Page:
Here we are. We have a list, and it's so preliminary it's really not funny or even worth considering because the Iraq cycle hasn't been done yet and the entire list will change come June, and again in August.
But until then, it's fun to dream in no particular order.
Hong Kong

Tuesday, March 18, 2008

I'm alive! I'm alive! I'm *cough* alive!

At the very least, I'm functional. I still cough periodically, still have gobs of phlegm and lung crap, my ear still hurts, but I'm functional. Yay, functional!

This past weekend was busy busy. I probably would have felt better a couple days ago, but Saturday I woke up feeling almost OK, then overdid it and paid for it later that night and into Sunday. But Saturday I had stuff to do. Our neighbor had her baby shower in the afternoon and in the evening we went to the CGs house for a farewell dinner for our NIV chief. The dinner was on Indian time, with dessert at about 10:30 p.m. Ouch. Since I'd hardly eaten the past week, the dinner was too much for me. But the dessert was too good to pass up. Sunday, I paid for it. Ian wasn't feeling well either. We did Catechism and Katherine had a manicure and pedicure. She's doing a good job quitting biting but her cuticle skin was a disaster. Her hands looks loads better now.

This week I'm hoping to get back into exercising. The past few weeks have been lousy as I've laid around like a sick little slug. But now it's time to get back in the saddle.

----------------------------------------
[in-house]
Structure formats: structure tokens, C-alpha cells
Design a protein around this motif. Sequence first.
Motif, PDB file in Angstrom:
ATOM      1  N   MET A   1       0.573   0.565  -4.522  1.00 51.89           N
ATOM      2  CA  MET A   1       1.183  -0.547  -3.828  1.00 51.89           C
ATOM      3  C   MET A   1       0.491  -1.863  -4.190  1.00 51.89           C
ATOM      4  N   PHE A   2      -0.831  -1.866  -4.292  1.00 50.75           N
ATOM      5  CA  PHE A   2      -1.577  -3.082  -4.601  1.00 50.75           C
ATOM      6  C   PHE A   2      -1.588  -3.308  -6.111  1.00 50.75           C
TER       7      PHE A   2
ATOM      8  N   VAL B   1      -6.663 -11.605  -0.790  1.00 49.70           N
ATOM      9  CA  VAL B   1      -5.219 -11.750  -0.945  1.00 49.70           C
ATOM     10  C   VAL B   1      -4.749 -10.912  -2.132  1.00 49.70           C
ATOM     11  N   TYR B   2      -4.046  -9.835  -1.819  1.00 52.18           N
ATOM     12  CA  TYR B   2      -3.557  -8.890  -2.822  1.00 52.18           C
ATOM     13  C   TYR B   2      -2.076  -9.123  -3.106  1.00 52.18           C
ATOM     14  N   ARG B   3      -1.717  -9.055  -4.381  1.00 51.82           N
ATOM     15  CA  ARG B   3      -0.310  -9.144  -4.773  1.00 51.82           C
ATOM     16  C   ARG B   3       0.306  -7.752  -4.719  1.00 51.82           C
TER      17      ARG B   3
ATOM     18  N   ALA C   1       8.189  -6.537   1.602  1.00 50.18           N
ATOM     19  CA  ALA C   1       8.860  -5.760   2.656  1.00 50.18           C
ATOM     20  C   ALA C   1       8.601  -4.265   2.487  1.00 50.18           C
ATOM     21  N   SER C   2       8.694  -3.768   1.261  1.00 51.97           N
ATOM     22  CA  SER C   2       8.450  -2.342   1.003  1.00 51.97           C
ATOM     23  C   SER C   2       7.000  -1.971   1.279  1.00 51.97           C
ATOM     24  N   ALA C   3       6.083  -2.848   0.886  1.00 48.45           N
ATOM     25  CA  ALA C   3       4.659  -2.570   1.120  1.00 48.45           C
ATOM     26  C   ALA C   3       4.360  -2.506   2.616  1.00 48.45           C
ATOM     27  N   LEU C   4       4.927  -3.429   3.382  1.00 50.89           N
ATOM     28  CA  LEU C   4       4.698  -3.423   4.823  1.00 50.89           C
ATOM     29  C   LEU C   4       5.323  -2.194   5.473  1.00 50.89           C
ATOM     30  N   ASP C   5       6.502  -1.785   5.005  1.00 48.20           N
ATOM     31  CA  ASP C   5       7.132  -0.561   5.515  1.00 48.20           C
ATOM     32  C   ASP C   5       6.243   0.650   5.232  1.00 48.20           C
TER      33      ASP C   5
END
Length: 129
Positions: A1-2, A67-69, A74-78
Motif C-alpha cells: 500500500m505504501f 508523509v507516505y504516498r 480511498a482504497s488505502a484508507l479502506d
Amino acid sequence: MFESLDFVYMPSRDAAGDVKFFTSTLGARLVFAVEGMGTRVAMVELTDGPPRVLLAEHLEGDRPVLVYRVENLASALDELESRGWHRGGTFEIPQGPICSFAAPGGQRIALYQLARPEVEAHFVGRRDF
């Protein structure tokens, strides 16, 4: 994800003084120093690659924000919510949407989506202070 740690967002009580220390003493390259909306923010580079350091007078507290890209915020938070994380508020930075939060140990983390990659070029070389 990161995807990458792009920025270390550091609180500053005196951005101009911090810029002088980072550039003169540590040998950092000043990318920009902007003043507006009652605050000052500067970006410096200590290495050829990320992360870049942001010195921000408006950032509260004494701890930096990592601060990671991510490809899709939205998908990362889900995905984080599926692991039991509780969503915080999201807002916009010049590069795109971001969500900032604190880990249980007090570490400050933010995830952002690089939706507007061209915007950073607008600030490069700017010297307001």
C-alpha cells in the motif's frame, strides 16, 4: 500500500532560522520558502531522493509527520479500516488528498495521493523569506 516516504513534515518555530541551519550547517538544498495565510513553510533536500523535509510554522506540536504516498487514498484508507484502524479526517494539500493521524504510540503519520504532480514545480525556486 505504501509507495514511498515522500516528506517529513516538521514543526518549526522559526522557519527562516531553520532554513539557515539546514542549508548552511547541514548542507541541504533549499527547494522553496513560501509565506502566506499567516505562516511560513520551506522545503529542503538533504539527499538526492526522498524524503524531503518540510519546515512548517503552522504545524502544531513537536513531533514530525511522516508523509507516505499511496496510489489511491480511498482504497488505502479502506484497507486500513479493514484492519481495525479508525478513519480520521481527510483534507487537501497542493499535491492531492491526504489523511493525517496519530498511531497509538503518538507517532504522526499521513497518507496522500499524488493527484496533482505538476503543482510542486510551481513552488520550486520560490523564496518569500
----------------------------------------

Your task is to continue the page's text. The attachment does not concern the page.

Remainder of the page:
Saturday, March 15, 2008

Mama Cat

The day we kittynapped the stray fluffball next door, his mama went missing. We knew she was expecting a new litter of kittens so it wasn't too surprising, but two weeks later there was still no sign of her.

Yesterday, little fluffball (which we released back a few days after his surgery) was in our yard, so Rebecca and I went to our usual spot to feed the kitties. The lady who works in the CGs house was walking by and started chatting about the cats. One of the cats, a big spotted tom we've named Spot, had recent blood spots on his neck. She said he'd gotten into a fight with the nasty orange and white cat that's been around a lot lately. Orange and white has a habit of beating up all the cats in the neighborhood and while we'd really like to toss him in the river with little lead boots on we'd accept just relocating him somewhere far away. First we have to catch him of course, and that's no easy task. He's mean, really mean. She said they'd heard a fight going on and came out to break it up and the old orange and white turned on the people instead of running away. He's that mean.

She also told us Mama Cat had died, apparently in kittenbirth. Mama Cat was weak and sick and just didn't have it in her to make it through. Poor kitty. All her kittens perished too. The staff had already buried her in the pet cemetary on the CGs lot.